Combined heat and power (CHP), also
known as cogeneration, is the simultaneous production of electricity and heat
from a single fuel source.
CHP is not a single technology, but an
integrated energy system that can be modified depending upon the needs of the
energy end user.
The U.S. Department of Energy (DOE) reports that it has eight
Regional Application Centers (RAC) located throughout the United States that
provide information about utilizing combined heat and power (CHP) technologies
as a near-term solution to energy challenges.
This month’s troubleshooting situation centers around a very
recently installed heating and cooling system, and a customer who has called to
complain that certain rooms in the house “just don’t seem to be getting enough
Many businesses face a new challenge that may take them by surprise: Keeping the heat-sensitive IT equipment in their server or telecom closet cool during cold-weather months, when the building is heated. The equipment is susceptible to malfunctioning or damage due to overheating, so keeping it cool is essential.
Bob is called to a customer’s house because of a no heat complaint. The house is heated and cooled with a self-contained package unit. Bob finds holes in the heat exchanger and changes it out. But he is called back later because the unit has shut off again. Btu Buddy assists as Bob investigates further.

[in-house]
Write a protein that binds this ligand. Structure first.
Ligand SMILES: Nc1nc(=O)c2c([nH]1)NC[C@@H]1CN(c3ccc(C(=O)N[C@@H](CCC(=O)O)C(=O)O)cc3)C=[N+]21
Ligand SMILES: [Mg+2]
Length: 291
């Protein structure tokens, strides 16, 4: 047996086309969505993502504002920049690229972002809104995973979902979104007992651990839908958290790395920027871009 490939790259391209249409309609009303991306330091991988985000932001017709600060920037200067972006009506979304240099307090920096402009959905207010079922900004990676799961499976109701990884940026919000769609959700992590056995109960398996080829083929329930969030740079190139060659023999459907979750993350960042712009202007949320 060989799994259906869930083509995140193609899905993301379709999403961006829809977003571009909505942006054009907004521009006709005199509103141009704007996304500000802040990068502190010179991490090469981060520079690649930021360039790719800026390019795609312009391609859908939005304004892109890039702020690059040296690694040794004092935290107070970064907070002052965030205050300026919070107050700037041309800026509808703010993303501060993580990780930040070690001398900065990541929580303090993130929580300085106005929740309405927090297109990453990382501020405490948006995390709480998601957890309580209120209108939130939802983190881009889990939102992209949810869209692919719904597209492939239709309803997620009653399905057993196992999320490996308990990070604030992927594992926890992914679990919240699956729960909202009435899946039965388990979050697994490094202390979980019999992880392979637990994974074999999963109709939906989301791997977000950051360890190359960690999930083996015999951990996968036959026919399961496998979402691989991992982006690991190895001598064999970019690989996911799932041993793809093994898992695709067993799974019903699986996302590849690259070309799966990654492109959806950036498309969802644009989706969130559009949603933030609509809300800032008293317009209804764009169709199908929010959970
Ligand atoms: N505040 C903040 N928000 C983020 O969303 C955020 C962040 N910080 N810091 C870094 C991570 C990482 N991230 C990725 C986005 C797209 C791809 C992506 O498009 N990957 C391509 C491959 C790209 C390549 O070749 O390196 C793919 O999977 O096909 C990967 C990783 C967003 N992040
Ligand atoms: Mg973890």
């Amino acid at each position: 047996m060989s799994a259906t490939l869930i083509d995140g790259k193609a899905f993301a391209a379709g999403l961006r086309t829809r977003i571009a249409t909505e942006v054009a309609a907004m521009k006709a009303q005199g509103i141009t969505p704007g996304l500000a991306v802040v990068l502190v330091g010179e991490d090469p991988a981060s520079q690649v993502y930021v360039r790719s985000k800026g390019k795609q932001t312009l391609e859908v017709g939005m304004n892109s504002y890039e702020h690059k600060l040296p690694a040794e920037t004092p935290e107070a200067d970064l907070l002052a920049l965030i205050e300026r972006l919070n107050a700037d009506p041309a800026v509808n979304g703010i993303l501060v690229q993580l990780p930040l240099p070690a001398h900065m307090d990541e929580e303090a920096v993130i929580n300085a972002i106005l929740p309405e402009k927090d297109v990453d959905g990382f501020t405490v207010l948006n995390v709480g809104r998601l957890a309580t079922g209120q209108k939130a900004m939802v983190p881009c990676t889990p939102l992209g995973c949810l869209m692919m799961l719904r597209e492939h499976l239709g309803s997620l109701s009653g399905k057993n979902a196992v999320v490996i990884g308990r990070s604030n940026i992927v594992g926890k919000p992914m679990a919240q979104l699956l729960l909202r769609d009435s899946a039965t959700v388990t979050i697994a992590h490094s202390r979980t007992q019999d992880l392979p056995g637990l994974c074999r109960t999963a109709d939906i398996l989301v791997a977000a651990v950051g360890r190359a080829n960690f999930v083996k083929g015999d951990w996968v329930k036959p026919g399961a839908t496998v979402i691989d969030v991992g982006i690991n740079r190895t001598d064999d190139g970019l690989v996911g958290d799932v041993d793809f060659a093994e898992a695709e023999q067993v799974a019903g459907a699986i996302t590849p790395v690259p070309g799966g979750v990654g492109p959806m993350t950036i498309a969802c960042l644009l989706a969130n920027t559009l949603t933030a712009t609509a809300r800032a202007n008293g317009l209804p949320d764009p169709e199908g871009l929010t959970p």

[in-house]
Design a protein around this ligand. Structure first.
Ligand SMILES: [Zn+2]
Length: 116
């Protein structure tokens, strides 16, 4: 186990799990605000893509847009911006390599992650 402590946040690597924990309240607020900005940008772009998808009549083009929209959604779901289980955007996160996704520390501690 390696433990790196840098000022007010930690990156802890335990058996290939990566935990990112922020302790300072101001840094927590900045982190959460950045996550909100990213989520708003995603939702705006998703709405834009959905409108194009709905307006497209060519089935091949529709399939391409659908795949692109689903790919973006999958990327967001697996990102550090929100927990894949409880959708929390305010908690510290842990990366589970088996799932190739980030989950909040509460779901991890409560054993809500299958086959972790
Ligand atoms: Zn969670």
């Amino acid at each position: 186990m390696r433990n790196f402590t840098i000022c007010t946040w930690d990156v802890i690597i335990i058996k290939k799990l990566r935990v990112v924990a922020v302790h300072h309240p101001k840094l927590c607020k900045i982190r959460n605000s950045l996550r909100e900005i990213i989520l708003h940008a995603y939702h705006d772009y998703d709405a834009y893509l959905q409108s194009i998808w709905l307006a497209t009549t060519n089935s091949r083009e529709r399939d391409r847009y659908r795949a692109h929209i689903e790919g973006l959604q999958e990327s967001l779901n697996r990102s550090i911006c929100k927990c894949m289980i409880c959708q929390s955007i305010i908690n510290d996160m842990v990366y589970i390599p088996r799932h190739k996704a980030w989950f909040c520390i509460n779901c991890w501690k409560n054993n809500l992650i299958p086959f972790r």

“Association discrimination” claims arise when an employee claims he or she has been discriminated or retaliated against because of an association or relationship with a disabled person. Employers need to tread carefully in this area.
How often do you encounter this problem in the field? The motor
in question continually nuisance trips. You look at the motor and the application:
the motor appears to be running properly; the driven load is working properly;
and yet the motor seems to keep overheating and tripping.
So what do you do if you really want to be a hands-on manager but
you just have too many employees to manage? I’ll have managers say to me, “I
have 72 people; how do you manage 72 people?”
The first question I ask is: Do you have a chain of
command? Or are you really managing 72 people?
Combined Insurance encourages employers to consider voluntary benefits programs as an incentive to help retain employees. The company says these programs can be a cost-effective way for employers to reduce labor costs, yet help retain workers by providing access to disability, life, and other insurance.